You may ask: If the students are learning the academic necessities in the classroom and the school is feeding them, what else does the student really need? The truth is that everyone learns differently. In Frames of Mind, Gardner discusses the variety of ways in which humans can learn. Body-Kinesthetic learning occurs when humans use touch, sound, action, movement and hands-on work to understand new ideas and solve problems. Yoga offers students an opportunity to learn using their Body-Kinesthetic intelligence.
In 2015, Atlanta Yoga Movement received a generous grant from the United Way. As a result, I was afforded the opportunity to teach the Yoga By Letter curriculum at two under served, under funded, and over populated schools in Atlanta. The Clarkston neighborhood, where these two schools are located, is populated mostly by Middle Eastern and African Refugees, while there is some residential development happening in Clarkston the current landscape is predominated by low-income apartment complexes. Many of the students at these schools are learning English as a second language, and all of them come from economically disadvantaged families.
Armed with a Curriculum that marries movement, literacy, mindfulness and fun, I threw myself into the work. Almost instantly I began to watch the students at each school transform. I watched these students who may have heard of Yoga, but had certainly never practiced it, arrive to each class excited and ready to move.They gleefully repeated the alliterated action words, laughing without reservation during laughter poses, and soaking up the names of their muscles, bones and glands. Unbeknownst to me, the students at Indian Creek Elementary loved Yoga so much that the word started to get around that 3rd and 4th grade were getting to do Yoga during PE and Health, with in a few days 5th graders were asking why they didn’t get to do Yoga. The next week , the 3rd and 4th grade classes that had gym during the flex period were asking their teachers to switch PE periods with the other teachers so they could get Yoga. The students who were not receiving Yoga could see the value in what their schoolmates were getting and logically they also wanted it.
Yoga, an endeavor marked for the privileged in the US, has enriched the quality and experience of public school for these students. Privilege is an unavoidable reality of the American experience; however, awareness of the inequity of resources can be the greatest ally of the underserved. Organizations like Atlanta Yoga Movement and the United Way are working tirelessly to expose under privileged children to supplemental enrichment programs like Yoga, while at school. I didn’t know what Yoga was until I was 15, and even then I held the limiting belief that it was something only afforded to the affluent. Thankfully the students of Indian Creek Elementary & Jolly Elementary have received some exposure to this life changing practice, and do not have to limit themselves by thinking Yoga is not for them.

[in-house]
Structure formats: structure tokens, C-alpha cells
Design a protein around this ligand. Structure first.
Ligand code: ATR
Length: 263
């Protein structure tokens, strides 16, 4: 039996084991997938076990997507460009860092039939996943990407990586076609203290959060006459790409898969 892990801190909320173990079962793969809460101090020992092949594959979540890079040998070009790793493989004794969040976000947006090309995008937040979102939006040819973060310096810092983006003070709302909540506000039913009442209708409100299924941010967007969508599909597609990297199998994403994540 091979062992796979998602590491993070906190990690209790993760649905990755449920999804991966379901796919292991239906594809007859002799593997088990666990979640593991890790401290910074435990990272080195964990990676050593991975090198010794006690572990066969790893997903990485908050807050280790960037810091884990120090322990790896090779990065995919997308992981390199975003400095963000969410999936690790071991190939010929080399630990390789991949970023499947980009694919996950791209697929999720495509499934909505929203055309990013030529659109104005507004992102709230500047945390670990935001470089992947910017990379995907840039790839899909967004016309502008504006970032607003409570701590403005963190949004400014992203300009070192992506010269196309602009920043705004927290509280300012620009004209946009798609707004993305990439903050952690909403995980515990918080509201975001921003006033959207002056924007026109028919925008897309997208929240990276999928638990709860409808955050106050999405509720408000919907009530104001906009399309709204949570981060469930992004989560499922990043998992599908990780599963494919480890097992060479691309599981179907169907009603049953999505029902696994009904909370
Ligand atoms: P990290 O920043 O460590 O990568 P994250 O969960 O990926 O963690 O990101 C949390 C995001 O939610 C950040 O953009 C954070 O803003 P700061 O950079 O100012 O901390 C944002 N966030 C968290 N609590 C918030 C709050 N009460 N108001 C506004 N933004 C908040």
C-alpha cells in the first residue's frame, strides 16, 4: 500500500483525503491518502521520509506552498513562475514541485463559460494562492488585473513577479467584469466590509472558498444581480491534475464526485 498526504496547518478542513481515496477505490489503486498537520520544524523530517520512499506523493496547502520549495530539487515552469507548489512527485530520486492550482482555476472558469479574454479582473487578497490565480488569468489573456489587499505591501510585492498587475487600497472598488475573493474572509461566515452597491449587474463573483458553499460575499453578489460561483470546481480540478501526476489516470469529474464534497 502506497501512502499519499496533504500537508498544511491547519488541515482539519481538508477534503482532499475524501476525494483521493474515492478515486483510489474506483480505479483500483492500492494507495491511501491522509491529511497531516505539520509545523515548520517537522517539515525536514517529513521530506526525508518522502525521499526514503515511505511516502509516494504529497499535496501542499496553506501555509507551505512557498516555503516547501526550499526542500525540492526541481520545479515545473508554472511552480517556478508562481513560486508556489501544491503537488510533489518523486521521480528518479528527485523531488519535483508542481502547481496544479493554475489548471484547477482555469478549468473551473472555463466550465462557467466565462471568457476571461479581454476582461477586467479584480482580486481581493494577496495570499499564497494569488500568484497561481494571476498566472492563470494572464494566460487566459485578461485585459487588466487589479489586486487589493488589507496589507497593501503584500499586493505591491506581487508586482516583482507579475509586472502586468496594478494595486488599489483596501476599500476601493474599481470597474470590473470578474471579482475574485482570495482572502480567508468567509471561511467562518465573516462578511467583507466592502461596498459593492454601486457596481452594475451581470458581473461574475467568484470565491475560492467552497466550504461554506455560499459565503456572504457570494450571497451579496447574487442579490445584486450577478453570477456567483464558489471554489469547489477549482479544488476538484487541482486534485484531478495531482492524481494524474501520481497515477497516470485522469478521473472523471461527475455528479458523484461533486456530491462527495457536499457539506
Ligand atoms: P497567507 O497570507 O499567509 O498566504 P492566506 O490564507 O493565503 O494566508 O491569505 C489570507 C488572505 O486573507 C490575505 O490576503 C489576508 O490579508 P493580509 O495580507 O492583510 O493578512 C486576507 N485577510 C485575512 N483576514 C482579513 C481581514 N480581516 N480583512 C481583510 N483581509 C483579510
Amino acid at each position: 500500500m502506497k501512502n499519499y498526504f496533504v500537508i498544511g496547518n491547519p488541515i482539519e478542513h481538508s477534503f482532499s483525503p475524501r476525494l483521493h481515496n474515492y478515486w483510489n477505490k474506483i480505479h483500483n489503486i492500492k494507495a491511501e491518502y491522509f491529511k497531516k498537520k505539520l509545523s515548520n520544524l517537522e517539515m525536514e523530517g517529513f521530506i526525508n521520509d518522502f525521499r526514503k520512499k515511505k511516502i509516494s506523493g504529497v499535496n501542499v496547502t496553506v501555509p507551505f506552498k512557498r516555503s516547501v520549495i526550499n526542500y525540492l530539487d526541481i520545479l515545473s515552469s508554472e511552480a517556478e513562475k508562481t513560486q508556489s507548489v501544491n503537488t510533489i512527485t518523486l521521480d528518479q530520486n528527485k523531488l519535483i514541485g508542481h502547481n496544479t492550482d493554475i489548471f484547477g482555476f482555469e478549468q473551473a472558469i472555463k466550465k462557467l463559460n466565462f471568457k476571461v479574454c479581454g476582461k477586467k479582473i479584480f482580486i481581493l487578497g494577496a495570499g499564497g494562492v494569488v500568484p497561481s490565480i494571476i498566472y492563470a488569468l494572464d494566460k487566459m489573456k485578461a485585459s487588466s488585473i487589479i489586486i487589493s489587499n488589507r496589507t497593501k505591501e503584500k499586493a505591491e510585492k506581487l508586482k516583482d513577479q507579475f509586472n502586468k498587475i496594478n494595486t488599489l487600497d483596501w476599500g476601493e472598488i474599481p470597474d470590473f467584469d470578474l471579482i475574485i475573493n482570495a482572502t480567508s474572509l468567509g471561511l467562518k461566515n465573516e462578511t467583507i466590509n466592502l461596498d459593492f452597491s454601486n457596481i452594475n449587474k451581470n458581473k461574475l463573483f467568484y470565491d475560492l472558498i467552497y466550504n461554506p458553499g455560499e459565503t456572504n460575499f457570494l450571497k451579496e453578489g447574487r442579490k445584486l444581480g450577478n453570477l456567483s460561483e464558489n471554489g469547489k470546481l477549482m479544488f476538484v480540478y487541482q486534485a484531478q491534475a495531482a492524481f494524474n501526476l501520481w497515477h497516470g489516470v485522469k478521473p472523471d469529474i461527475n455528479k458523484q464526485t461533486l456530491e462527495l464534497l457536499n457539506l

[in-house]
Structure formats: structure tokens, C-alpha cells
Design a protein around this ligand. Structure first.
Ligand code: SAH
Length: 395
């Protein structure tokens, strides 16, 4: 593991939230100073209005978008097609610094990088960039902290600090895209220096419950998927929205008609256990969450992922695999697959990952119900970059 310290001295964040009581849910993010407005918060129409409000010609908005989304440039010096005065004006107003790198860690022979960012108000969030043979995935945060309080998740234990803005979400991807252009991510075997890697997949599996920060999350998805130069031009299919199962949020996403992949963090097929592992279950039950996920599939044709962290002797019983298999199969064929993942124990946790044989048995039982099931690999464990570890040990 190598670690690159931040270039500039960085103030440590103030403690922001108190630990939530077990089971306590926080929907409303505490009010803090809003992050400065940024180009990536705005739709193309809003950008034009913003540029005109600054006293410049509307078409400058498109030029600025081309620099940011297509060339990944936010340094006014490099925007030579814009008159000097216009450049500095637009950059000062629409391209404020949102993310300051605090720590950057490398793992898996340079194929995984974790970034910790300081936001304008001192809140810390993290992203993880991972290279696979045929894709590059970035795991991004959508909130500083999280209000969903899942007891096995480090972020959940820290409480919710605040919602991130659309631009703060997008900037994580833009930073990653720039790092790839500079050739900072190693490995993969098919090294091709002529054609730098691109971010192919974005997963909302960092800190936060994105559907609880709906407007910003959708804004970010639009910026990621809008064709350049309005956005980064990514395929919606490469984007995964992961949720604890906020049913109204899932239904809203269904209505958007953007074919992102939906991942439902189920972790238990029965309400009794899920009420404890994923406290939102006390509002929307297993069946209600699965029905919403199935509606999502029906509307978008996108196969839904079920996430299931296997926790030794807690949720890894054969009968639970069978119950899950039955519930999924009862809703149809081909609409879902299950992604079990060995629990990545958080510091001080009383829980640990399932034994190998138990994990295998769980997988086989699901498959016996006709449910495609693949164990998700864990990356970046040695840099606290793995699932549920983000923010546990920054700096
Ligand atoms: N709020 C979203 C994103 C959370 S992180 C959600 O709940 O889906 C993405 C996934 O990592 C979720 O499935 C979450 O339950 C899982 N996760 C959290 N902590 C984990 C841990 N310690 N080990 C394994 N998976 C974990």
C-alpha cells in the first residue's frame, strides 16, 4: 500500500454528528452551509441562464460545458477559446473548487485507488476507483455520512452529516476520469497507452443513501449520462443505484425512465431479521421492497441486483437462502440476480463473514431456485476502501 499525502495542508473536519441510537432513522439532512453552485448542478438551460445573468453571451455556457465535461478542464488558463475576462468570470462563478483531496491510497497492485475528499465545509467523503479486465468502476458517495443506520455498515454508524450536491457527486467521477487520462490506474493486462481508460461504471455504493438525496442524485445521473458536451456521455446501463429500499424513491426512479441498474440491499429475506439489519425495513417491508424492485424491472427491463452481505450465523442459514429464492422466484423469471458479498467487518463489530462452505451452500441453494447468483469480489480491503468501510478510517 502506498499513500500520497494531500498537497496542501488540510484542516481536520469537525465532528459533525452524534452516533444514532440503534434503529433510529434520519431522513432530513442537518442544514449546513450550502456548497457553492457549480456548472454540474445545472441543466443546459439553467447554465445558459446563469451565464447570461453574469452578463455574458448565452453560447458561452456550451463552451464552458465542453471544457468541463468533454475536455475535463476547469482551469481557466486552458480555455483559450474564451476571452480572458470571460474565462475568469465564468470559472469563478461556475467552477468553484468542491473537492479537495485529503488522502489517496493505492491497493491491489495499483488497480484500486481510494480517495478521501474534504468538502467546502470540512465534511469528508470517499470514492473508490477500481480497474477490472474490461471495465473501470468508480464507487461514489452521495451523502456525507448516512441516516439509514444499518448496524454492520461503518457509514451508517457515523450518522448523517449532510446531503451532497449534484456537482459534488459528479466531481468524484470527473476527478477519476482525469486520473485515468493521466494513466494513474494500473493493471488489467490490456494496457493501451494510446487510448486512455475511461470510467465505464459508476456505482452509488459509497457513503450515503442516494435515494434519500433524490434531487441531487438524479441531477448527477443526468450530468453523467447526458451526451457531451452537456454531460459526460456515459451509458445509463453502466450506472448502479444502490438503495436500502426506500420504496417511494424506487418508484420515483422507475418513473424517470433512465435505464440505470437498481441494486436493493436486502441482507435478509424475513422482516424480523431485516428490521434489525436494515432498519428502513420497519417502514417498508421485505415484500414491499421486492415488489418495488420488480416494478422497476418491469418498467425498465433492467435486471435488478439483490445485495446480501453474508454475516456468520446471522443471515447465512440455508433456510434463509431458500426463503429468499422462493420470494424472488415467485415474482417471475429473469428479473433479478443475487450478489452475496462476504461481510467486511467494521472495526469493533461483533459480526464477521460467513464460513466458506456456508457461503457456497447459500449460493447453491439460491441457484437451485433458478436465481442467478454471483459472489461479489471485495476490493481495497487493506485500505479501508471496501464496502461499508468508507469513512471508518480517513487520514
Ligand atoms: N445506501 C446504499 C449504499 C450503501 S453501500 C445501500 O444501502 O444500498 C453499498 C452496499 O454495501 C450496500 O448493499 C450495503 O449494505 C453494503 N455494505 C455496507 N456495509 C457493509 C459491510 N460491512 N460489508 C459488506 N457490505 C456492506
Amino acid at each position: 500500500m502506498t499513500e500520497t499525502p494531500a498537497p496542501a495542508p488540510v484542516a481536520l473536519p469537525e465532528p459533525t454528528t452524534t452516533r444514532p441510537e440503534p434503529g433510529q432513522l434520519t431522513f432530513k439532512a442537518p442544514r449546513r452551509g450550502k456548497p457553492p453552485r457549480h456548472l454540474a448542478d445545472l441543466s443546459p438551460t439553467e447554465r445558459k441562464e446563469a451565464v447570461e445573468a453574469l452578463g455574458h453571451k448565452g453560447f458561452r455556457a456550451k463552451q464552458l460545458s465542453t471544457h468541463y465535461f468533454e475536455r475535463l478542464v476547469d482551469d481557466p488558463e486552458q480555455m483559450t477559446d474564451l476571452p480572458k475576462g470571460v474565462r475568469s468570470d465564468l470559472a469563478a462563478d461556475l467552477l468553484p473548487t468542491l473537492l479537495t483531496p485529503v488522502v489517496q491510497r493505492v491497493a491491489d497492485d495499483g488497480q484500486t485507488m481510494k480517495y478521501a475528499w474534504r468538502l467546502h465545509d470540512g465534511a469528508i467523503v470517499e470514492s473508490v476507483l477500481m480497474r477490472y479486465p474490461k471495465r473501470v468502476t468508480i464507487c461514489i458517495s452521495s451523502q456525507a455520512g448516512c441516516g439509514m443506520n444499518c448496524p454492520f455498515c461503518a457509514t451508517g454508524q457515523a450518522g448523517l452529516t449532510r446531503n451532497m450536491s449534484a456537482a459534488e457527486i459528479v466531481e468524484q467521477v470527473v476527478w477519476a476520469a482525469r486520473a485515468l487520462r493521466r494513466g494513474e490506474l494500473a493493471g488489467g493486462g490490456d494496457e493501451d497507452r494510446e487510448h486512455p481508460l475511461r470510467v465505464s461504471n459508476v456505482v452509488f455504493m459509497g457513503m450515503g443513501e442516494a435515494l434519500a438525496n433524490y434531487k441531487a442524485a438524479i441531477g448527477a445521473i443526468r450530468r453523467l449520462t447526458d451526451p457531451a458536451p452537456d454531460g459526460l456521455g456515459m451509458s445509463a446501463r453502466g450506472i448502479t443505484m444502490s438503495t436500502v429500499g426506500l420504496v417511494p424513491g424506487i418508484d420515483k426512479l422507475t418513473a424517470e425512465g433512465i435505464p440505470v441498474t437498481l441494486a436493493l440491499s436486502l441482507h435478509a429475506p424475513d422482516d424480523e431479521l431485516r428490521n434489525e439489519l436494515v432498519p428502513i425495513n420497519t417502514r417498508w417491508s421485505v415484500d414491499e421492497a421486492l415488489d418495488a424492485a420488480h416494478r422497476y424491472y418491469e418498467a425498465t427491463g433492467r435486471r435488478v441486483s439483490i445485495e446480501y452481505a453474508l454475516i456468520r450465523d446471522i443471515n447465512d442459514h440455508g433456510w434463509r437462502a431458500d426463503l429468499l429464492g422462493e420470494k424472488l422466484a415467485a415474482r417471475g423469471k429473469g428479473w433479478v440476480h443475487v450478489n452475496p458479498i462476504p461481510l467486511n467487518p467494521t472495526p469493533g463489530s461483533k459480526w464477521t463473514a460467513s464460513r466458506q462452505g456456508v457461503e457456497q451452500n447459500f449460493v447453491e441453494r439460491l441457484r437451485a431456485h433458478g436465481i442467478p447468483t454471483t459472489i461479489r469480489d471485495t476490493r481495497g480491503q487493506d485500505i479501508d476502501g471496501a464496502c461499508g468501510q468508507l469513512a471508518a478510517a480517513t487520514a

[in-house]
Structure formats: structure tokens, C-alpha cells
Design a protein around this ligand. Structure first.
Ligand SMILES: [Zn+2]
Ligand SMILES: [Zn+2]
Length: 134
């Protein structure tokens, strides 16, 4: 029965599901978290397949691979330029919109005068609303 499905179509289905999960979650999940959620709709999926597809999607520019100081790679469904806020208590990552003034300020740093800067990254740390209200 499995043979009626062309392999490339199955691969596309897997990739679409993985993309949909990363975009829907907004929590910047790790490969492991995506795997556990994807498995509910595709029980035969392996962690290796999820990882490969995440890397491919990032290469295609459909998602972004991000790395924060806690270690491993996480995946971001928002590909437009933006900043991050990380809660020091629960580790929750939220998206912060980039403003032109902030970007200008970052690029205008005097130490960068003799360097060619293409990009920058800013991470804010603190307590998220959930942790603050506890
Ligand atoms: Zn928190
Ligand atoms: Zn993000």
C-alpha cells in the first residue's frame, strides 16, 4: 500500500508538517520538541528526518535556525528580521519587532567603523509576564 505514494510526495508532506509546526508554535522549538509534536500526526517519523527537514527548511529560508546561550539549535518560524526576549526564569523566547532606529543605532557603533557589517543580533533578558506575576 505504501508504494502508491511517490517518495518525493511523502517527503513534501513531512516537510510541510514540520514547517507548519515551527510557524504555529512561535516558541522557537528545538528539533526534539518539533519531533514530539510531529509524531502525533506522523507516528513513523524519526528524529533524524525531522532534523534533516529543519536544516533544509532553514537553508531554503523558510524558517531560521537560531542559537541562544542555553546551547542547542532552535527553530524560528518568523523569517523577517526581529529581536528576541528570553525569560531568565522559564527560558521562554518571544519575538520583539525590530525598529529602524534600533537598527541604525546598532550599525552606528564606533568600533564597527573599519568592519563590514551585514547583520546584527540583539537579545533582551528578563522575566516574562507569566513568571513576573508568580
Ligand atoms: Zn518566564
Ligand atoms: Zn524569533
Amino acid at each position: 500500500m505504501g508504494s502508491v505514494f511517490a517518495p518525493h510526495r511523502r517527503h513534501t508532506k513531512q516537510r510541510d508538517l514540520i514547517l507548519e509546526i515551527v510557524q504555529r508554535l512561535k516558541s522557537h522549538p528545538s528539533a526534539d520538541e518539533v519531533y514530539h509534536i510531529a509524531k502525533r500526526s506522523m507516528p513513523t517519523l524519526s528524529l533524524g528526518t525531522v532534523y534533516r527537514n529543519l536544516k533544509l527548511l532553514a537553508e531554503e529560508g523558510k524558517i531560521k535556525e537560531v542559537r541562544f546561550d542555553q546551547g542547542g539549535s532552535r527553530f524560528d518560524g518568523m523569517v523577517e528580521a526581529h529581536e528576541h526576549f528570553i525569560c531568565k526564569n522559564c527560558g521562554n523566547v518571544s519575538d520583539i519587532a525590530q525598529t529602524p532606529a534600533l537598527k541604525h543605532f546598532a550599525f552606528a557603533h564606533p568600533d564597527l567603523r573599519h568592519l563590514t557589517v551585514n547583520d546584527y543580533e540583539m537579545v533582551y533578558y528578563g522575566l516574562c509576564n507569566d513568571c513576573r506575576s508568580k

The Yoga By Letter curriculum provides many benefits beyond the obvious as the students are able to learn Anatomy, Physiology, Vocabulary, Health, Science, Self Awareness, and Mindfulness all in one fell swoop. You haven’t lived until you have had a 3rd grader, that is still learning English, come up to you over flowing with excitement wrapping their fingers on their collar bone yelling, “CLAVICLE” or grabbing their heal shouting “CALCANEUS” in utter jubilation.
Yoga should not be a Privilege and it should be in every public school, especially the ones with socio-economically disadvantaged student bodies. Through exposing children to new ways of thinking, vocabulary, and ways of learning we are investing in the future of our society. The old cliché is true, The Children are our Future, so we must invest in them. I’ve decided to invest in them. Will you invest in them?
To Donate click here. To inquire about becoming one of our teachers please email Cheryl@atlantayogamovement.org.
The children at Jolly Elementary practicing Yoga :
With our prevalent use of Facebook and Instagram, we have moved towards a culture of total commoditization. The health food industry has never been as glamorous as it is now; all the cool kids eat brussel sprouts. Didn’t you know? Yoga is not immune to this. With studios popping up left and right, we have a growing market of coupon-based classes that allow people to skim the surface of this ancient practice of mindfulness. This is moving the goal of yoga towards an achievement of a pose, rather than experiencing the yoga within the posture (the blending of intention, breath and movement). Yoga is quickly becoming the modern jazzercise.